Hot Tubs and Feng Shui

September 6, 2015 § Leave a comment

home_woodenhottub

A feng shui client sent me an email asking about the placement of a hot tub in her backyard. It’s still warm in September and October here in the San Francisco Bay Area, so it’s not that unusual to set up a hot tub in September. The client had read to never place a body of water to the right side of the garden as you are standing inside looking out, as this placement will cause marriage issues. But she didn’t remember me saying that.

My advise about her hot tub:

1. Set it up so that there are no chemicals. Try reverse osmosis, or research how to keep the water clean — and free of breeding mosquitoes.

2. Consider if a hot tub is best for you, or is a dry sauna better for your body type to receive the most health benefits?

3. Like a pet dog, this hot tub needs daily upkeep.

The right-hand far corner, as you are standing inside looking out, is the relationship corner. This is good placement for the hot tub because if in a relationship this is the place for you & your partner to snuggle up and enjoy! If not with a partner, then invite friends and socialize in the hot tub. Maybe have things in pairs in this corner too. Also good is to center the hot tub on the area to your far right, between the far corner and the near corner. Even the hot tub in the near right corner is fine, especially if it’s on a patio and you want to be close to the door. The marriage warning is about having a hot tub in a relationship corner. That is a disaster if the tub is neglected; dust and leaves on a blue plastic cover over watery chemicals. Doing feng shui, I’ve seen old hot tubs in Marin that just had to be removed. And most hot tub stuff does not age well, especially tubing and filters. So if you are 100% committed and can do it green with no chemicals, you can pull this off in Monkey month.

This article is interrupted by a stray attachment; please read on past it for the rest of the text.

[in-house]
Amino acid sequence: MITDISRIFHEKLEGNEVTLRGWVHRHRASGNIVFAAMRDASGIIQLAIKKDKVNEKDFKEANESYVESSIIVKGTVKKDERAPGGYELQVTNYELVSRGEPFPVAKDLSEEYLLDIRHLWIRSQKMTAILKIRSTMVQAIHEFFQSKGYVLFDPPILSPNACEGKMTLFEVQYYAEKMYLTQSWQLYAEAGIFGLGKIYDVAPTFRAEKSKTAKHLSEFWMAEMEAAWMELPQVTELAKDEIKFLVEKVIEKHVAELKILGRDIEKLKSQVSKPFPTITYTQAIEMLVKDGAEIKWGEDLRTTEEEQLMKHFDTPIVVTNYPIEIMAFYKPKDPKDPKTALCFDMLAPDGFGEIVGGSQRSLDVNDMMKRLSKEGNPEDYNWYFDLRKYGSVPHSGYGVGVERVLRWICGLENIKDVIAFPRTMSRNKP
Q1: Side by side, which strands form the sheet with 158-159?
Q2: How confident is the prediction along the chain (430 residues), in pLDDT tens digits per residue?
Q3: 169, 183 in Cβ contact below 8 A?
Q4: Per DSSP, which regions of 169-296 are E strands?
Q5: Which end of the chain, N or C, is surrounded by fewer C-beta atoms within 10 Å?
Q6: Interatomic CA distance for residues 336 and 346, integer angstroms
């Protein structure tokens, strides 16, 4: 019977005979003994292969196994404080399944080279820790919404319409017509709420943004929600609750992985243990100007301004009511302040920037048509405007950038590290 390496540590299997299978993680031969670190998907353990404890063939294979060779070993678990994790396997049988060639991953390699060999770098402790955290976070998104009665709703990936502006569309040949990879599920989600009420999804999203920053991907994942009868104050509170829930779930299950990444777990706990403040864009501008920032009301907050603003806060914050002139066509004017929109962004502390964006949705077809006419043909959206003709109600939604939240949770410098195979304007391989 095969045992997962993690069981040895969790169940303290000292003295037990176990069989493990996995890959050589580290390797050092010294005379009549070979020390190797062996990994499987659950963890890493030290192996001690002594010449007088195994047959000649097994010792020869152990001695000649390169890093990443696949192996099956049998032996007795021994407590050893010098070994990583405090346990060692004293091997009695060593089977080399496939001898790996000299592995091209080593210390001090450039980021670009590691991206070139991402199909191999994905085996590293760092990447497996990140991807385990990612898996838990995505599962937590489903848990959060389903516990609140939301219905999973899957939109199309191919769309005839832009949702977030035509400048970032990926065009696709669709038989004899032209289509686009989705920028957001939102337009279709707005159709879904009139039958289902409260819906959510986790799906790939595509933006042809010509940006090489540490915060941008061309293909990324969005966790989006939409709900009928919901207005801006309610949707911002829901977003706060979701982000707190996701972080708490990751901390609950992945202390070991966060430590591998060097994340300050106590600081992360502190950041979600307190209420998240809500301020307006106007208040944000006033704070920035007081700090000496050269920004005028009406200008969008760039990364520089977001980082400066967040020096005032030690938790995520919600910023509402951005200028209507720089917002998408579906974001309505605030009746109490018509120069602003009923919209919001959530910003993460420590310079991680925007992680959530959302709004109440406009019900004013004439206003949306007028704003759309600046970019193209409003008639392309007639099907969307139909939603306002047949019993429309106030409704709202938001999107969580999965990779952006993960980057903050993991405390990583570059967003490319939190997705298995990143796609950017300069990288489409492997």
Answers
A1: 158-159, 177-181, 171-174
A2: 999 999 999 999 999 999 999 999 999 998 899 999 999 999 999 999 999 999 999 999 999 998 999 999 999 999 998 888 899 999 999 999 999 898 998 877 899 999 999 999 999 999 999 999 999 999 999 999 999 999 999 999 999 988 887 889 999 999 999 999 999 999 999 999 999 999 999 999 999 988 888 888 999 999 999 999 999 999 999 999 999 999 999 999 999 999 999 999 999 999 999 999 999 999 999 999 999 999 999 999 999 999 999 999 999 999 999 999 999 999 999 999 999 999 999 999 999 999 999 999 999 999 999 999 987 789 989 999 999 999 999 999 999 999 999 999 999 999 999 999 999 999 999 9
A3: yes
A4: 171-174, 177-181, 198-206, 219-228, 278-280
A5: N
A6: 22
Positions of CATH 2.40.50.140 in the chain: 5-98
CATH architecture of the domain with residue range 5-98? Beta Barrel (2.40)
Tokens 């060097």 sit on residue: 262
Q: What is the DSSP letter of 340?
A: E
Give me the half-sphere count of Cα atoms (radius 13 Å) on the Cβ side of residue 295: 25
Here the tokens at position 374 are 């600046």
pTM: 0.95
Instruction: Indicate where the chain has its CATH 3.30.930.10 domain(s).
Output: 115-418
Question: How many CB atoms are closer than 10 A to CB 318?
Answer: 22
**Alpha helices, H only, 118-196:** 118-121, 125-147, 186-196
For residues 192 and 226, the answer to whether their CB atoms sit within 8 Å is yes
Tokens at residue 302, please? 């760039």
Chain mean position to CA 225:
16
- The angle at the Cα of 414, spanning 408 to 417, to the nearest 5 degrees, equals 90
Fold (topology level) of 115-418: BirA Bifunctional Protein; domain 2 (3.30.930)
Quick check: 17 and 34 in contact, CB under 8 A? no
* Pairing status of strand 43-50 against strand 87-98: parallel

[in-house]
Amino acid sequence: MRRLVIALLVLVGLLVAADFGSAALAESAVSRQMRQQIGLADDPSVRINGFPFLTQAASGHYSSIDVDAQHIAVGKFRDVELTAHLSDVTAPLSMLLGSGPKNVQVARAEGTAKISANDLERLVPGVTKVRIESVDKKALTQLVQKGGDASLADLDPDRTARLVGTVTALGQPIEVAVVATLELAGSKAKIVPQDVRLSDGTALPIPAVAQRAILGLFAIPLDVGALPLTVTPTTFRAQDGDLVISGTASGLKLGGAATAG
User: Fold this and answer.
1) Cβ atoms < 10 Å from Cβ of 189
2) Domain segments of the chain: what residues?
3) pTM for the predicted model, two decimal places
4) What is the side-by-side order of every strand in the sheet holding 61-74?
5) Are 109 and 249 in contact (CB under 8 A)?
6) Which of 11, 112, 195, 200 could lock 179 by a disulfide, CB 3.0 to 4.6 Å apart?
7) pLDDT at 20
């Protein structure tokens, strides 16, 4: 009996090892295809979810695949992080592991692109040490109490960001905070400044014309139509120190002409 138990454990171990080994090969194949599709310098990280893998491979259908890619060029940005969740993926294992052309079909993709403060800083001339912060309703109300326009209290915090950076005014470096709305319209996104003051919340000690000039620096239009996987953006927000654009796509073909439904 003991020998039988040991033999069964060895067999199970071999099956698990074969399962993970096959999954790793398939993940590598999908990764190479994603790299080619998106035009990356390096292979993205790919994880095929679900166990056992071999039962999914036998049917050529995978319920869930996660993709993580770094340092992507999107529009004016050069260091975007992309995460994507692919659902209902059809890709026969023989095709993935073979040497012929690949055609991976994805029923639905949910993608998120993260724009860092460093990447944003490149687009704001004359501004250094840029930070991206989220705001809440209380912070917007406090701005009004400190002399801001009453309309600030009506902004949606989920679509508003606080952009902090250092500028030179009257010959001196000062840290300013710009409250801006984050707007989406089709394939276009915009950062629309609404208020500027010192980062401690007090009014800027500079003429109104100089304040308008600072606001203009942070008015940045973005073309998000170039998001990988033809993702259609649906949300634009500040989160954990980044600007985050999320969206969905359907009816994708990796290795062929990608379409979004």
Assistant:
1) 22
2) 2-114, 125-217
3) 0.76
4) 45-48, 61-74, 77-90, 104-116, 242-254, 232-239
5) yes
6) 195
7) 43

The client emailed back that yes she was using some chemicals, it was a lot of work, she had to do a weekly checkup, and then go to the hot tub store and to have the water analyzed. She got so frustrated that she just drained out all the water.

I wrote back to her that yes, hot tubbing is a lot of work! Really consider if it’s worth it to sustain the commitment. An empty hot tub is not good feng shui because it’s clutter since it’s not being used. So far this tub seemed to cause more stress than healing. I encouraged her to take action now, instead of seeing it in the yard and feeling bad. Move it now, fill it, and focus on maintaining it — or it goes by the end of this Monkey month (September 12). Don’t let that tub sit out there empty for months, or years like I’ve seen in Marin.

Fortunately, she emailed back that she is checking into reverse osmosis, and moved the tub closer to the door from the far right corner. That felt much better to her, she and her husband re-stained the deck, her gardener planted a bunch of plants, and her backyard deck is becoming, in her words, “a nice zen space.”

Advertisements

Tagged: , , , , , , ,

Leave a Reply

Fill in your details below or click an icon to log in:

WordPress.com Logo

You are commenting using your WordPress.com account. Log Out / Change )

Twitter picture

You are commenting using your Twitter account. Log Out / Change )

Facebook photo

You are commenting using your Facebook account. Log Out / Change )

Google+ photo

You are commenting using your Google+ account. Log Out / Change )

Connecting to %s

What’s this?

You are currently reading Hot Tubs and Feng Shui at Susan Levitt.

meta

%d bloggers like this: